Kamala Harris: ‘This July Was the Hottest Month Ever Recorded on Earth’

By CNSNews.com Staff | August 22, 2019 | 12:12pm EDT
Sen. Kamala Harris eats at pork chop at the Iowa State Fair, Aug. 10, 2019. (Getty Images/Justin Sullivan)

(CNSNews.com) - Sen. Kamala Harris sent out a Tweet on Wednesday warning that July 2019 was the hottest month ever on Earth and that glaciers are melting.

“This July was the hottest month ever recorded on Earth,” Warren said. “Glaciers are melting. Yet this Administration continues to deny climate change. Americans deserve leaders who will fight or our planet.

“I look forward to discussing the climate crisis at @CNN’s town hall September 4,” she said.

The National Oceanic and Atmospheric Administration (NOAA) is in fact reporting that July was the hottest month for what it calls “average global temperature.”

“The average global temperature in July was 1.71 degrees F above the 20th-century average of 60.4 degrees, making it the hottest July in the 140-year record, according to scientists at NOAA’s National Centers for Environmental Information,” NOAA said in a statement published on Aug. 15. “The previous hottest month on record was July 2016.

“Nine of the 10 hottest Julys have occurred since 2005—with the last five years ranking as the five hottest. Last month was also the 43rd consecutive July and 415th consecutive month with above-average global temperatures,” said NOAA.

“Record-low sea ice: Average Arctic sea ice set a record low for July, running 19.8% below average – surpassing the previous historic low of July 2012,” NOAA said.

Not all parts of the Earth were warmer than usual, however.

“Some cool spots: Parts of Scandinavia and western and eastern Russia had temperatures at least 2.7 degrees F below average,” said NOAA.

What does NOAA mean by “average global temperature”?

Here is how NOAA tries to explain it:

“The concept of an average temperature for the entire globe may seem odd. After all, at this very moment, the highest and lowest temperatures on Earth are likely more than 100°F (55°C) apart. Temperatures vary from night to day and between seasonal extremes in the Northern and Southern Hemispheres. This means that some parts of Earth are quite cold while other parts are downright hot. To speak of the ‘average’ temperature, then, may seem like nonsense. However, the concept of a global average temperature is convenient for detecting and tracking changes in Earth's energy budget—how much sunlight Earth absorbs minus how much it radiates to space as heat—over time.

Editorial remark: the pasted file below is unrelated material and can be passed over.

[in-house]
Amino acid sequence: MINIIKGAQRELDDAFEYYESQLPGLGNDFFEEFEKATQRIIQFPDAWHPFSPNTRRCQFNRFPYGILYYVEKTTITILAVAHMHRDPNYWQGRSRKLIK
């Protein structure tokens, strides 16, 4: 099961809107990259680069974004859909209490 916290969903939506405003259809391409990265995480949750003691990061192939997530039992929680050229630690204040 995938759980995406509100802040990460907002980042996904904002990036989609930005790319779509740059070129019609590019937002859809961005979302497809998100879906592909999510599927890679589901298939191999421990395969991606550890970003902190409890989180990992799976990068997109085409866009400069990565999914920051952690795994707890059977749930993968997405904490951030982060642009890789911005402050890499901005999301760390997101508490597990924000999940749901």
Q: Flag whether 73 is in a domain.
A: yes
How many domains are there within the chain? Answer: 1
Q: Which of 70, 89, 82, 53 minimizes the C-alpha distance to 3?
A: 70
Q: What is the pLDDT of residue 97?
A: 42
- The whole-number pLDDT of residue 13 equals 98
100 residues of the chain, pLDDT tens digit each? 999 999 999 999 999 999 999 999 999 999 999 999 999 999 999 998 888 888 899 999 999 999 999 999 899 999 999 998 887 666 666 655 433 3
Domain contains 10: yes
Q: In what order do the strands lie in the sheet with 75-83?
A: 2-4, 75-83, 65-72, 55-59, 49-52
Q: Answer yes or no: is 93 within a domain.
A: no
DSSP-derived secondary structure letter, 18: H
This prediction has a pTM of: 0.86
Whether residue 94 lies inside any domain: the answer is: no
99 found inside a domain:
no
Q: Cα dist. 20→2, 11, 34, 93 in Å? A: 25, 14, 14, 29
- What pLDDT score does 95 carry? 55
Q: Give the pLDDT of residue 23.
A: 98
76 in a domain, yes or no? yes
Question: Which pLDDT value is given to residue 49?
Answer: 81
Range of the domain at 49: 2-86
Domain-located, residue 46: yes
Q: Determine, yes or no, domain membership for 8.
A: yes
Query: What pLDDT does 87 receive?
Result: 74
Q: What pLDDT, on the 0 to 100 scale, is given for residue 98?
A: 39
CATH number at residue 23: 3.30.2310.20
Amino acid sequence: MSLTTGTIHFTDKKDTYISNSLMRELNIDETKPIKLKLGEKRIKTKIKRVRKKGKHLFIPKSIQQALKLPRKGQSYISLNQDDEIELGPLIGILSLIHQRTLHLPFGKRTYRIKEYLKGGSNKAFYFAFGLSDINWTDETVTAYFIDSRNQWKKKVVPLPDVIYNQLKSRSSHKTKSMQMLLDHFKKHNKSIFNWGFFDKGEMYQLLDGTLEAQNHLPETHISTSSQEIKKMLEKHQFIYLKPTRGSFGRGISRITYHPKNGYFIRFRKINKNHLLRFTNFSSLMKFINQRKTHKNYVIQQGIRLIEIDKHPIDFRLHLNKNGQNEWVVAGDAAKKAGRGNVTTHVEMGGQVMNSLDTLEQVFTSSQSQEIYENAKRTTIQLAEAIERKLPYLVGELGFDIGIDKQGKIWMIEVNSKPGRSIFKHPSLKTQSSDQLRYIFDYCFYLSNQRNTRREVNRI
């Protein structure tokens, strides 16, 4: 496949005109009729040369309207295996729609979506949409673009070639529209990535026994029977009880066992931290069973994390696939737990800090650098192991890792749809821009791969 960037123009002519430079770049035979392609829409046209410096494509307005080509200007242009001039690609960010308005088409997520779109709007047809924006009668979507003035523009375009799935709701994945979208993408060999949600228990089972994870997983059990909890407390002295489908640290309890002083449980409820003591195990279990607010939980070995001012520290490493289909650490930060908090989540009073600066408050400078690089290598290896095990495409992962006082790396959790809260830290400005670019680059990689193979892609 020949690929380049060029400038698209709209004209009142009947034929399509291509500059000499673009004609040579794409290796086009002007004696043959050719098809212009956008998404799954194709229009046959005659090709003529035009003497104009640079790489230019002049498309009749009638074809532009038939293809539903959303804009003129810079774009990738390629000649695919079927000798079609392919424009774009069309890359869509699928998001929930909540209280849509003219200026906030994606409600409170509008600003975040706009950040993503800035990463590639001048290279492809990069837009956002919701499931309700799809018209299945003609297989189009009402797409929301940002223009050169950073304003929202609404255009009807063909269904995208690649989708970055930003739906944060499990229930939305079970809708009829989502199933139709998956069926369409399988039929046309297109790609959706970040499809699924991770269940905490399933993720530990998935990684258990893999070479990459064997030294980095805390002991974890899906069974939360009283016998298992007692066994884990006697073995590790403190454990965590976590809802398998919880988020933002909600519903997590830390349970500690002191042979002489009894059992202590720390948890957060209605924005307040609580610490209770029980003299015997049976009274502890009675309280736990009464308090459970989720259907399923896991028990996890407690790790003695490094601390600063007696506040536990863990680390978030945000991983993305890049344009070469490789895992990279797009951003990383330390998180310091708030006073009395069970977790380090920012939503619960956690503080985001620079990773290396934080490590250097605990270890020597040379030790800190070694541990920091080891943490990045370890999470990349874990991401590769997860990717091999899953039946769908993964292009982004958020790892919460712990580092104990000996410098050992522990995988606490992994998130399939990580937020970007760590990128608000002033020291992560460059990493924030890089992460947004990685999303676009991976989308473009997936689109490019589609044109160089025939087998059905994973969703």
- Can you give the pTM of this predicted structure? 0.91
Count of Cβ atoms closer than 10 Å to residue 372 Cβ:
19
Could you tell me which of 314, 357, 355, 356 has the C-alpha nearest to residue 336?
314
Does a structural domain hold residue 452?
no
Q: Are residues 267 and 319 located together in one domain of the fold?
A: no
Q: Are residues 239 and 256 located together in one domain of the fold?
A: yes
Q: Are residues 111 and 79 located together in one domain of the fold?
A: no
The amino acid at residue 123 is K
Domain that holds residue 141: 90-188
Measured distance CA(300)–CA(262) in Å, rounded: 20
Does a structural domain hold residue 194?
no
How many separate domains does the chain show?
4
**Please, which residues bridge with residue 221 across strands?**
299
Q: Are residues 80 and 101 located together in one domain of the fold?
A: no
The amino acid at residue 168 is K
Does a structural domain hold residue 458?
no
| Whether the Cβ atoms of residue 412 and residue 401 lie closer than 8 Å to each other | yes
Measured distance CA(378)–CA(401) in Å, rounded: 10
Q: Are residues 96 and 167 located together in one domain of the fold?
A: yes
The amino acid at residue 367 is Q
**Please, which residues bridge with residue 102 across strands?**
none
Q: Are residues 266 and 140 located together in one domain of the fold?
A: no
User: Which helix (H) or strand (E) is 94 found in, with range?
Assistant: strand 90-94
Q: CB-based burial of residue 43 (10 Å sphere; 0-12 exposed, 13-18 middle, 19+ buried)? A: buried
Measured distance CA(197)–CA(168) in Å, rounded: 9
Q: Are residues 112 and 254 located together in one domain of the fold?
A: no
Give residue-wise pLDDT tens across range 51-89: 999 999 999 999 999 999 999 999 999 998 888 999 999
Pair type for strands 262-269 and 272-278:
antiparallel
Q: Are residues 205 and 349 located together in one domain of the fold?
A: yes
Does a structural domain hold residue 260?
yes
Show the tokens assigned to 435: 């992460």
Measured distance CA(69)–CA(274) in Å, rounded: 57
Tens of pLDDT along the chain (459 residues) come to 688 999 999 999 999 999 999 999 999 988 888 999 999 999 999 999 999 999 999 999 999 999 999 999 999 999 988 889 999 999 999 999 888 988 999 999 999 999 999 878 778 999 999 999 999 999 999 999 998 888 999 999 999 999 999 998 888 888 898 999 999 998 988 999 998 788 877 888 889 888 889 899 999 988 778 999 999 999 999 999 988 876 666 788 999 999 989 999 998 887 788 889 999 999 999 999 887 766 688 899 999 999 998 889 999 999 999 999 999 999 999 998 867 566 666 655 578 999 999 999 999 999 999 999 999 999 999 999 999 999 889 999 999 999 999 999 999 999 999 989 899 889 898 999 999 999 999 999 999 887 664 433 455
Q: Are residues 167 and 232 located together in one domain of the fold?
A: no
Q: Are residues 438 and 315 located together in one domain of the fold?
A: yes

“To calculate a global average temperature, scientists begin with temperature measurements taken at locations around the globe. Because their goal is to track changes in temperature, measurements are converted from absolute temperature readings to temperature anomalies—the difference between the observed temperature and the long-term average temperature for each location and date. Multiple independent research groups across the world perform their own analysis of the surface temperature data, and they all show a similar upward trend.

“Across inaccessible areas that have few measurements, scientists use surrounding temperatures and other information to estimate the missing values. Each value is then used to calculate a global temperature average. This process provides a consistent, reliable method for monitoring changes in Earth's surface temperature over time. Read more about how the global surface temperature record is built in our Climate Data Primer.



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